I have a habit of walking around my neighborhood in the morning. I collect things that I see on my journey—interesting twigs, seedpods, even metal coat hangers (I’m astonished at how many of the twisted hanger tops I have found over the years). I don’t typically know exactly how I will use them when I find them, but over the years I’ve photographed many of the objects, incorporated others in my encaustic paintings, and even decorated the planting beds in my gardens with them.

Sometimes I give myself assignments for the morning walk. I’ll look in my journal for ideas, and then try to find examples of those concepts when I walk. I might choose a word, like “resilient,” and then try to find examples of how resilient nature can be and photograph them—weeds growing up through the sidewalks, trees overtaking a side-yard, and insects building their homes within an abandoned structure. When I encourage myself to look at things more closely as I walk by an empty lot, I find myself wondering what world is contained in that space that I walk by every day and don’t even notice. If I really look, how much life would I find in a shovelful of earth or the branch of a tree? Nature is a source of infinite variation and inspiration. Make the time to study and take in its beauty.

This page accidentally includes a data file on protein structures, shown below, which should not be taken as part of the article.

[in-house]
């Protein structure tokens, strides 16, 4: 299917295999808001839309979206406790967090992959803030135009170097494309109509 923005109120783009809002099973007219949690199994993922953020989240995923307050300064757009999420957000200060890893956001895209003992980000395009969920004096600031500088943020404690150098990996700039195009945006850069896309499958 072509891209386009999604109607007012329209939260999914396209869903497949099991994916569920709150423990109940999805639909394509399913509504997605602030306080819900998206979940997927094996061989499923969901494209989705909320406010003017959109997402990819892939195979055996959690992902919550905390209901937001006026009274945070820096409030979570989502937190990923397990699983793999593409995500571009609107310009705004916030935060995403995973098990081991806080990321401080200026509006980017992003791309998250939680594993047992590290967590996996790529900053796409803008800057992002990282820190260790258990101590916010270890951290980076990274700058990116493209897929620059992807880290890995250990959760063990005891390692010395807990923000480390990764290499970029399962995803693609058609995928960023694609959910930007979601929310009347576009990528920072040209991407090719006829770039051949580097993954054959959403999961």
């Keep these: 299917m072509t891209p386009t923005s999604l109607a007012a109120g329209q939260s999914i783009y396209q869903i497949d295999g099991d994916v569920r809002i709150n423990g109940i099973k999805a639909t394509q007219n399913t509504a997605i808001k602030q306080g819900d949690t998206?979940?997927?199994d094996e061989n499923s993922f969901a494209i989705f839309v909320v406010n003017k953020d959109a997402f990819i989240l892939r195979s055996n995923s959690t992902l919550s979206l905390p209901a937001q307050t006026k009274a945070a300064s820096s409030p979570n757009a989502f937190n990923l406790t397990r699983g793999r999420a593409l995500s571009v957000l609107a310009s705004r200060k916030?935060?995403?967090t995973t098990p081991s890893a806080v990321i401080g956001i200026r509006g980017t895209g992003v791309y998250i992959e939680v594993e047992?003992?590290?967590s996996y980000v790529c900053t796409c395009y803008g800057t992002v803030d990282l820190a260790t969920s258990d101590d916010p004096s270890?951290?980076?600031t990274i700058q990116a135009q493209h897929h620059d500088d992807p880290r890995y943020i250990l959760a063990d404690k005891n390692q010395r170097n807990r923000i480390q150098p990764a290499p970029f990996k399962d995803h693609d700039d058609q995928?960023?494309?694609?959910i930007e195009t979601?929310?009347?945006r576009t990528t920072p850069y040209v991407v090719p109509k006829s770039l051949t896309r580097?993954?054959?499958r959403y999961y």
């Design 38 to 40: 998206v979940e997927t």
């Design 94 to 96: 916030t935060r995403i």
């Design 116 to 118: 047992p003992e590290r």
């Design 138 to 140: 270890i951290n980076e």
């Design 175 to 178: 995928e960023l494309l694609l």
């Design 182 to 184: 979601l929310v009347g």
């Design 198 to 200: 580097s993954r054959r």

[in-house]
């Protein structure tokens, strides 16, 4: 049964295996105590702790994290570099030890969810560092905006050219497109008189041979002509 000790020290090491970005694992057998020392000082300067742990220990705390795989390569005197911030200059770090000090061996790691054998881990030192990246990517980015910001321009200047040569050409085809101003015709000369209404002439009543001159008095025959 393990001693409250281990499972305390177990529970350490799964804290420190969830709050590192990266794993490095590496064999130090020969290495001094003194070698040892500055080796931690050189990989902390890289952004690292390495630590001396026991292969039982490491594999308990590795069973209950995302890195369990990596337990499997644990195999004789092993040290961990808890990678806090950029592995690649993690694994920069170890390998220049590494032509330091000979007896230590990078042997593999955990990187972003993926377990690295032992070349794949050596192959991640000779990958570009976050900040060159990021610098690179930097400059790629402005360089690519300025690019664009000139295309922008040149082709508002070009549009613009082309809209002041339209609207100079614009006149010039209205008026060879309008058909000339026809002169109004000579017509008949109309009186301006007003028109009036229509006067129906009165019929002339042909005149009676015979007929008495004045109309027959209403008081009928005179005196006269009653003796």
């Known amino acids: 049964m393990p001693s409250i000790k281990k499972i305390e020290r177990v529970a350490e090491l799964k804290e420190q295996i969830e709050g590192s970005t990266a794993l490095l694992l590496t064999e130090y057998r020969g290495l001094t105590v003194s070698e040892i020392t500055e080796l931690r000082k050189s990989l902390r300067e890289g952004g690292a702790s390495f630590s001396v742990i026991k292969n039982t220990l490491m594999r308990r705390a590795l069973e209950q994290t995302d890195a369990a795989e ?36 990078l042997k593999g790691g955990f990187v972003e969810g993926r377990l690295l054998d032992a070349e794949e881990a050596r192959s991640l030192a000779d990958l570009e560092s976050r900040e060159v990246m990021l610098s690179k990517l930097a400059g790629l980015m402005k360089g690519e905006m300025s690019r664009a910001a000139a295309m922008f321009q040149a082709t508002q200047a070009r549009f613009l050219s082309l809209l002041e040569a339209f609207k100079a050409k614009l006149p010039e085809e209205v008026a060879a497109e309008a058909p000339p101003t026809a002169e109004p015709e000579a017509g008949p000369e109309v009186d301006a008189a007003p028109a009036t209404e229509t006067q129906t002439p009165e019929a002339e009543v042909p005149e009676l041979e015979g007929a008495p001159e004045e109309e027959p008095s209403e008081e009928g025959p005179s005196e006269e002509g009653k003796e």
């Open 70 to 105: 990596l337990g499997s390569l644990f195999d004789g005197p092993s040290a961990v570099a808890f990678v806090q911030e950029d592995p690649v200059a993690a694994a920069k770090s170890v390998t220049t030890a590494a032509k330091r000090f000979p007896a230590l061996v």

The more one looks, the more one sees. And the more one sees, the better one knows where to look.
—TEILHARD DE CHARDIN

I constantly observe the way other people capture the world around them, as well. I look at photographs anywhere I can—in books, online, in museums and galleries. By studying other photographers’ work, I have learned a great deal about what I feel makes a successful image, from content to composition to lighting. I look at other sources of imaging, such as alternative light sources (infra-red and ultraviolet), chemical-based processes, scanning microscopy, and molecular science. They all have the potential to influence my photography and generate new ideas.

I try to stay well rounded by looking at other mediums of art—sculpture, painting, fiber, installation—from different cultures around the world, today and throughout history. Inspiration can come from anything—a piece of music that kindles the imagination, the beauty of a well-built piece of furniture that brings us joy, or a simple, thoughtfully prepared home-cooked meal that comforts our soul.